“We have always believed that government spending must continue to grow on issues relevant to the welfare and security of our people.
In the same vein, government spending should reduce in areas where the private sector is better placed to catalyse progress. This will free up funds for Education, Health, Water and Sanitation services, amongst others.
The Senate president noted with delight that the 2018 Budget has met the threshold of reserving at least 1% of total budget to health.
Saraki said, “This is historic. We were focused on this commitment of the 1% set aside for the Basic Health Care Provision Fund (BHCPF). We promised, and we have delivered”.
While congratulating his colleagues for the passage of the bill, he noted that Nigerians should not hold the Parliament responsible for any delay in the passage but on certain situations.
“As you will recall, I had indicated the need for the Executive and the Legislature to come together, especially in the formation and passage of the Appropriation Bill.
However, while we may have made progress in the formation stages, there is a lot more that needs to happen, to minimise delays and other stumbling blocks in the process.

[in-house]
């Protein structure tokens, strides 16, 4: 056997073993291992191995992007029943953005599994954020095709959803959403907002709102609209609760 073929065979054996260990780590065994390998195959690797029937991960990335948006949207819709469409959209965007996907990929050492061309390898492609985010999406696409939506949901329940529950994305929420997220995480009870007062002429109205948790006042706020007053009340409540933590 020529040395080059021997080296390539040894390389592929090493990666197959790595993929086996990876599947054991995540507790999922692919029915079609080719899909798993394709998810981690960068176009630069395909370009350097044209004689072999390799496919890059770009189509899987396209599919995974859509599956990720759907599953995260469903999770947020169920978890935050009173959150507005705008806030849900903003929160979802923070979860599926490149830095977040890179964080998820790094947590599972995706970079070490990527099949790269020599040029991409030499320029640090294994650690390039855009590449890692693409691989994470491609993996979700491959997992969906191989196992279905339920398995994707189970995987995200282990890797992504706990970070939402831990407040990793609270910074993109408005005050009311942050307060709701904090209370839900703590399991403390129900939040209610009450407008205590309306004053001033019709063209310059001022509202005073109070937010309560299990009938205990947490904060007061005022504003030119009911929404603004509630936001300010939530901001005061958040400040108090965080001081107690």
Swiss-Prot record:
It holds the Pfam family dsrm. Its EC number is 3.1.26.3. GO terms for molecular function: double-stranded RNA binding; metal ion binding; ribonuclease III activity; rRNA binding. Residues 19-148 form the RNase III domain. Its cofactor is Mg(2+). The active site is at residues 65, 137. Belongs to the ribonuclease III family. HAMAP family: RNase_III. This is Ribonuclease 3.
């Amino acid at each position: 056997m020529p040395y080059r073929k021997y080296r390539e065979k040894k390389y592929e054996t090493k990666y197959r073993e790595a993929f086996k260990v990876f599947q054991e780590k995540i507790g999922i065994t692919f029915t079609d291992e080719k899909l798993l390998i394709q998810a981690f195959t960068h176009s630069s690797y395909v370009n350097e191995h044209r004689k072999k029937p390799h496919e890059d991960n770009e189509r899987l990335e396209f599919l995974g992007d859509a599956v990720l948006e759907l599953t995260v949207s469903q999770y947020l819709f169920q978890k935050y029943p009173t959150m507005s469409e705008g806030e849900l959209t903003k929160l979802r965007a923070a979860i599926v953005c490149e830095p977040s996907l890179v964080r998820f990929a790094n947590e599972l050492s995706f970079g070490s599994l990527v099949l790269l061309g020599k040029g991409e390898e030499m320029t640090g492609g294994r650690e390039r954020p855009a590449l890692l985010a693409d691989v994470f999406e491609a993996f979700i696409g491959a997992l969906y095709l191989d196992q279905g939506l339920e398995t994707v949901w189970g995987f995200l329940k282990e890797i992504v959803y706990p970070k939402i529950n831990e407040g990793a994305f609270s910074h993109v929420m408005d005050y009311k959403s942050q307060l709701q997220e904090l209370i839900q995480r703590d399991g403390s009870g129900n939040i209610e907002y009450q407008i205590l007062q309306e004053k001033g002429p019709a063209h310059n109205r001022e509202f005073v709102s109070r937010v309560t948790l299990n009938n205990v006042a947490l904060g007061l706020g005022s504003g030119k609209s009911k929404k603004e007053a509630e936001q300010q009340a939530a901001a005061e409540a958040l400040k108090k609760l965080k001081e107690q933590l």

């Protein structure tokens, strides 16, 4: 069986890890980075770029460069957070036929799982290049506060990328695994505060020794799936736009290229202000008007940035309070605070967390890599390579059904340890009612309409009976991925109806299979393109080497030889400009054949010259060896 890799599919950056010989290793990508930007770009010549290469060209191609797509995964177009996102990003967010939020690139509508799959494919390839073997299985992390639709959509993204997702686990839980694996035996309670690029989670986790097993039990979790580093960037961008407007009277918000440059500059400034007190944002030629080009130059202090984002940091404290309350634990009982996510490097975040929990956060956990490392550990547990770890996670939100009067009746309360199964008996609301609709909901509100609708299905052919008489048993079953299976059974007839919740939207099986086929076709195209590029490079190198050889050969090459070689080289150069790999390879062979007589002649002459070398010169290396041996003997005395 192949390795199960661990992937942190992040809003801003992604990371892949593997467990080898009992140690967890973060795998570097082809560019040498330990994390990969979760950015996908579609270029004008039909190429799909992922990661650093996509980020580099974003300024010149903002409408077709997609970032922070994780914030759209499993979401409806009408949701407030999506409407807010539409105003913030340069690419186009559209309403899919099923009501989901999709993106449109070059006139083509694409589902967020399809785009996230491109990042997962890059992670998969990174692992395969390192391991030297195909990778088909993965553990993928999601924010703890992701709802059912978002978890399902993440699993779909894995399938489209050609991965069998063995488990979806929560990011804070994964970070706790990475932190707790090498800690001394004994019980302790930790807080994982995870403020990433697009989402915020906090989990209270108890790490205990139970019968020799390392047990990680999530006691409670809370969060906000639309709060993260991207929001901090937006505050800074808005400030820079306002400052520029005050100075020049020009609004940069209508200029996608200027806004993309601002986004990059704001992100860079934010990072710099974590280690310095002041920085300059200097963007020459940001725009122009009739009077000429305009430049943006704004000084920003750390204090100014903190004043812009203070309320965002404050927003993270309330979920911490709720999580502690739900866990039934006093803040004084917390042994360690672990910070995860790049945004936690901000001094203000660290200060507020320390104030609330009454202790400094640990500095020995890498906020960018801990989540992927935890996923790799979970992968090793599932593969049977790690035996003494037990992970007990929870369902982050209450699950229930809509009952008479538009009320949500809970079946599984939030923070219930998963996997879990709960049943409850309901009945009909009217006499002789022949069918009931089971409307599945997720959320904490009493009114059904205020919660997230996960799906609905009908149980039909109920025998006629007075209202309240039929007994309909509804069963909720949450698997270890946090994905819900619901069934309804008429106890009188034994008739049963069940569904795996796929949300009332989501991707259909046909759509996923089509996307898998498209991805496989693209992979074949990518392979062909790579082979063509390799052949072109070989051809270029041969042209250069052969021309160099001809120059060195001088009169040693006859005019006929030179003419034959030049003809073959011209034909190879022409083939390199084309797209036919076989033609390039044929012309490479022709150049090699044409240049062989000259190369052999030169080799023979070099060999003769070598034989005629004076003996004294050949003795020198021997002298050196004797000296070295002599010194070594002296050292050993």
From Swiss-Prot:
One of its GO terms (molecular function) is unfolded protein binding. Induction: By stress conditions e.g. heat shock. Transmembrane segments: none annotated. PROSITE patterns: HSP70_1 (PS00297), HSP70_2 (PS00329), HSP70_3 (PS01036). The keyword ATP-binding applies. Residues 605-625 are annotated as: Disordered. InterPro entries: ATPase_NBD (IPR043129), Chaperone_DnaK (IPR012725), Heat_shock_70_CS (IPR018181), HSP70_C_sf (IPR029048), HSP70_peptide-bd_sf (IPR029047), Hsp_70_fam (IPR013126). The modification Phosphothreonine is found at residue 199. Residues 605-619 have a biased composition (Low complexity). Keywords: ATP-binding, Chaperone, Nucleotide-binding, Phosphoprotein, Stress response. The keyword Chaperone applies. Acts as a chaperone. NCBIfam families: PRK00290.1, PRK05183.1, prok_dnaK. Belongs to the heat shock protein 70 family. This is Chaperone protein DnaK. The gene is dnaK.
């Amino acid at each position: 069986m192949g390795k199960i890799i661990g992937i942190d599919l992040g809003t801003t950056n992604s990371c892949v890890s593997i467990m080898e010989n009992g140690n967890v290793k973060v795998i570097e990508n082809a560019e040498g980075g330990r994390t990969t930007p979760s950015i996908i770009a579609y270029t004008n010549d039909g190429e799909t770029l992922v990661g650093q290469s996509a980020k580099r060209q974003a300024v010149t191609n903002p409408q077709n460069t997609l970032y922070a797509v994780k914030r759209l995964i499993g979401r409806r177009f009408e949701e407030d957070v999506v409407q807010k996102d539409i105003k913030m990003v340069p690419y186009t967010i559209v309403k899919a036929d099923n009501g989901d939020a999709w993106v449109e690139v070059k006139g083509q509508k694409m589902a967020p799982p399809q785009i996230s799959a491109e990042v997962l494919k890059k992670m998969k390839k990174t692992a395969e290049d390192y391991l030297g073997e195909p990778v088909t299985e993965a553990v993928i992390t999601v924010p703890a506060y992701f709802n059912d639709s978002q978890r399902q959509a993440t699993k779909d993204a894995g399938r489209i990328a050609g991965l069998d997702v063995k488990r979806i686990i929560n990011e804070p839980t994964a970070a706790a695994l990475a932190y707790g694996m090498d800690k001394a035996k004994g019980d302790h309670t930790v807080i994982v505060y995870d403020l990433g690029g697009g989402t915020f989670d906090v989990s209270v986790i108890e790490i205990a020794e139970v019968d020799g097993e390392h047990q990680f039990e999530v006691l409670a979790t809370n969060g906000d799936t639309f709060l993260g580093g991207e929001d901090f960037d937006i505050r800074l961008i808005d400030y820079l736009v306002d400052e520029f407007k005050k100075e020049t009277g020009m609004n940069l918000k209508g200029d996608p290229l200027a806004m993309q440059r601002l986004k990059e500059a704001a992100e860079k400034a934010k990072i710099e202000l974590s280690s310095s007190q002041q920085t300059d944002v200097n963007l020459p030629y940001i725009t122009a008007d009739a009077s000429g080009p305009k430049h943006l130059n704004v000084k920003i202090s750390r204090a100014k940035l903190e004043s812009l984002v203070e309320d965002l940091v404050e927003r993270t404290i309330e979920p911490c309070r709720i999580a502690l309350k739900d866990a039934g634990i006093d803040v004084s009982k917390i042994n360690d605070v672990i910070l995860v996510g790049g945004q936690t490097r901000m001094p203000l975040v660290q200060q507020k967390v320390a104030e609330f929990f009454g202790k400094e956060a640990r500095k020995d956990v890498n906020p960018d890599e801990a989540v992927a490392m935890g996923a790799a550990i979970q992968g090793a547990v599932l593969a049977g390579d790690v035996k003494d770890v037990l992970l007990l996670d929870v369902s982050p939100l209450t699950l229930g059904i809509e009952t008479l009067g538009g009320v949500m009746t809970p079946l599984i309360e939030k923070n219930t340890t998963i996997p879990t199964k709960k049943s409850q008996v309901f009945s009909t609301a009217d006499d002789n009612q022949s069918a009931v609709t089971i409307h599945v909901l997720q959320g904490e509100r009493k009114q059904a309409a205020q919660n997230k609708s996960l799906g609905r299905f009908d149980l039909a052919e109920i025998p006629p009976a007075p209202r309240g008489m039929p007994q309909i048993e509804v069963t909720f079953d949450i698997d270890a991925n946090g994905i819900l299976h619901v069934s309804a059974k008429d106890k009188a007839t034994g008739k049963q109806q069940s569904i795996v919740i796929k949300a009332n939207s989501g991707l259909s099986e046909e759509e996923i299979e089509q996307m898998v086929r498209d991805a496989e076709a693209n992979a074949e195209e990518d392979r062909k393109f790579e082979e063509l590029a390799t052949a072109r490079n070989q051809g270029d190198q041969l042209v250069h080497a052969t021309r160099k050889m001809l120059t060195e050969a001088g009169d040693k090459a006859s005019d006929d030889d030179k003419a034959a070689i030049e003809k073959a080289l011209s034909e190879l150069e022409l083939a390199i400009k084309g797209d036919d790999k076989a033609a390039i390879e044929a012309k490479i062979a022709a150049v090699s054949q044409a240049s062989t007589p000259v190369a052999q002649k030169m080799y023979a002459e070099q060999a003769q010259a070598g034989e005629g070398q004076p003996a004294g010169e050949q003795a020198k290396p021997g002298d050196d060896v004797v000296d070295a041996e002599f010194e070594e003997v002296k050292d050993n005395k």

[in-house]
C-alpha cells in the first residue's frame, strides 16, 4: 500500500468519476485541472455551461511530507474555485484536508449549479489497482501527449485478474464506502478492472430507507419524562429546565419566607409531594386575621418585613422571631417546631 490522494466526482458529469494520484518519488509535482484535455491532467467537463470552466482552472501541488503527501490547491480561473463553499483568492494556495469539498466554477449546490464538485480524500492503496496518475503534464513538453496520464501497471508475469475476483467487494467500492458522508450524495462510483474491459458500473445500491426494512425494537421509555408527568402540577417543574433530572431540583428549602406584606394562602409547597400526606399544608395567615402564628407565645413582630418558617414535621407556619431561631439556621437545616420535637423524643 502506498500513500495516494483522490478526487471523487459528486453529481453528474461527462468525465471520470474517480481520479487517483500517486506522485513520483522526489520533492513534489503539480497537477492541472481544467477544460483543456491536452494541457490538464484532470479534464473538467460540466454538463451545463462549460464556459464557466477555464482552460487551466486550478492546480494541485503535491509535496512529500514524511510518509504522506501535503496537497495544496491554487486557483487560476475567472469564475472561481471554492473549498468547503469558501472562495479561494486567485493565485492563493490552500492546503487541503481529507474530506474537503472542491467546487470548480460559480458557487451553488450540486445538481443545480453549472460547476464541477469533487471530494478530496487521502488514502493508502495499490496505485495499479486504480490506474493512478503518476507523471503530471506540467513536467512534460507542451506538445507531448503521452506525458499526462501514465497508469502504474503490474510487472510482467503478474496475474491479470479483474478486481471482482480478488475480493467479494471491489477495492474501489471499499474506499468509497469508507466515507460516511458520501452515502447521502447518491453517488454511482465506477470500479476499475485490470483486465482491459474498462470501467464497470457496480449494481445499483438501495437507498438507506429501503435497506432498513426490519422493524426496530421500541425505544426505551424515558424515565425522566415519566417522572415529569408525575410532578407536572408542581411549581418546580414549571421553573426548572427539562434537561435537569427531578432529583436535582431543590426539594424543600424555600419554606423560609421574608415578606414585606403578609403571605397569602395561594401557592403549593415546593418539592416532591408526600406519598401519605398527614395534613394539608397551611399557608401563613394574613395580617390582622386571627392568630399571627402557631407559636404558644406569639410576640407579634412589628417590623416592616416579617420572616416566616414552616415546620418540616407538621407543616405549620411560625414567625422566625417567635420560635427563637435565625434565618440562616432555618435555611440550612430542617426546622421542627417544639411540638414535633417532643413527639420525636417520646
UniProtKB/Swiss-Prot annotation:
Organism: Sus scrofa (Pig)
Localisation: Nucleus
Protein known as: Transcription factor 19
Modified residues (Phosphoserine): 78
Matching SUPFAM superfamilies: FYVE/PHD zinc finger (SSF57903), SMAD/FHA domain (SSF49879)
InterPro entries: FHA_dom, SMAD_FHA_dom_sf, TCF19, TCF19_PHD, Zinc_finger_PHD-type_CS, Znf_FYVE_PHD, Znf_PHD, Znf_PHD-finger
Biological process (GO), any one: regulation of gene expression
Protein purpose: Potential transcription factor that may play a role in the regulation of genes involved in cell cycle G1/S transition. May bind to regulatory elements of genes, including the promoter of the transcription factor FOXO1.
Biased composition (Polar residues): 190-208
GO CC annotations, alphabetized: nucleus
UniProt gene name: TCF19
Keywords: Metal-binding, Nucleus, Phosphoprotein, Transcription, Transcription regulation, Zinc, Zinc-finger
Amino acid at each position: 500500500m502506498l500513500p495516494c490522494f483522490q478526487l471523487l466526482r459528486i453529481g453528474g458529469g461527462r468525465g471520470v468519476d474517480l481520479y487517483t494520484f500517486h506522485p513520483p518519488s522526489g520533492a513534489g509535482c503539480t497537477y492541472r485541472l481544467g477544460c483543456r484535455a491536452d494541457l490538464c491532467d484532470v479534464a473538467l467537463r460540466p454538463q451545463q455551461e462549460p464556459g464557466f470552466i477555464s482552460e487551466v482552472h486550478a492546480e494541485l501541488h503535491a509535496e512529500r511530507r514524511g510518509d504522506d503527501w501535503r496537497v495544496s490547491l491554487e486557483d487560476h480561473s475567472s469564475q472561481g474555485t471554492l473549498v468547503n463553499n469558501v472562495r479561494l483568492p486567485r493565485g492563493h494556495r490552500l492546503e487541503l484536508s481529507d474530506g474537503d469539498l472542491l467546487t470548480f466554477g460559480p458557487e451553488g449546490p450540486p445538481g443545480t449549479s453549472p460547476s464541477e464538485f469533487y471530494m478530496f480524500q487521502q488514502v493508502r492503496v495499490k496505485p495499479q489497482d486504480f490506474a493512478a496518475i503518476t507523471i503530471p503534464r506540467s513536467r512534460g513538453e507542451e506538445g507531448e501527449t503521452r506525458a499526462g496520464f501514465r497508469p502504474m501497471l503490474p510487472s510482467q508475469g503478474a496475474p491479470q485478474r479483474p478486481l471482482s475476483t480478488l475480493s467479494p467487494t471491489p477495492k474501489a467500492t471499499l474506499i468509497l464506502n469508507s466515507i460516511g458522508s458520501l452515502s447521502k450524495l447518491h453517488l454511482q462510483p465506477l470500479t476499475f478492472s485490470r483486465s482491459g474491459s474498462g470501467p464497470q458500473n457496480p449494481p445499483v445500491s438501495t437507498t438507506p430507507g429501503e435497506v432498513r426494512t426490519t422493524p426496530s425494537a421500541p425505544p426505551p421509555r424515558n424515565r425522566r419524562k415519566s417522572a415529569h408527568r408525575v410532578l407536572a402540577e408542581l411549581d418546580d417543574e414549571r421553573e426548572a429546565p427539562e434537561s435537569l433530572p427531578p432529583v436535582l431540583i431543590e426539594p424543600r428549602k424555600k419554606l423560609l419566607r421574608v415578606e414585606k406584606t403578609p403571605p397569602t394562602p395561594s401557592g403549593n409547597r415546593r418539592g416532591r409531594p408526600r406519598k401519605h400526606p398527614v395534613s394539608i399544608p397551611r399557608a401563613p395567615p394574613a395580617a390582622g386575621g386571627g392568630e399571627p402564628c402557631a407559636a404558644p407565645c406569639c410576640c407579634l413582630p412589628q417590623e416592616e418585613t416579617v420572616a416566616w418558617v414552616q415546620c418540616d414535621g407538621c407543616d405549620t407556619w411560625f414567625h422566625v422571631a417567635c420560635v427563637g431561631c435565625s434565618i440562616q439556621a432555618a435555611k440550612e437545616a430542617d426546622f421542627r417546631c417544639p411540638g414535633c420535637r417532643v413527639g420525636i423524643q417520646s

“One of the symptoms of the unhelpful aspects of the prevailing culture hampering the process, remains the neglect or refusal of certain agencies of government to honour invitations to budget defence. It is our hope that we will see a major change in this regard, going forward”.
The budget debacle had been surrounded by counter allegations between the executive and legislature and has pitched the public against the parliament.
The Senate had on several occasions accused Ministries, Departments and Agencies (MDAs) of government of not keeping to appointments with the various standing committees to defend their budgets.
President Buhari had on November 7, 2017, presented a budget of N8.6 trillion before a joint session of the National Assembly.
Buhari, who announced the 2018 budget as “Budget of Consolidation”, noted that the projected expenditure would propel rapid economic recovery and growth.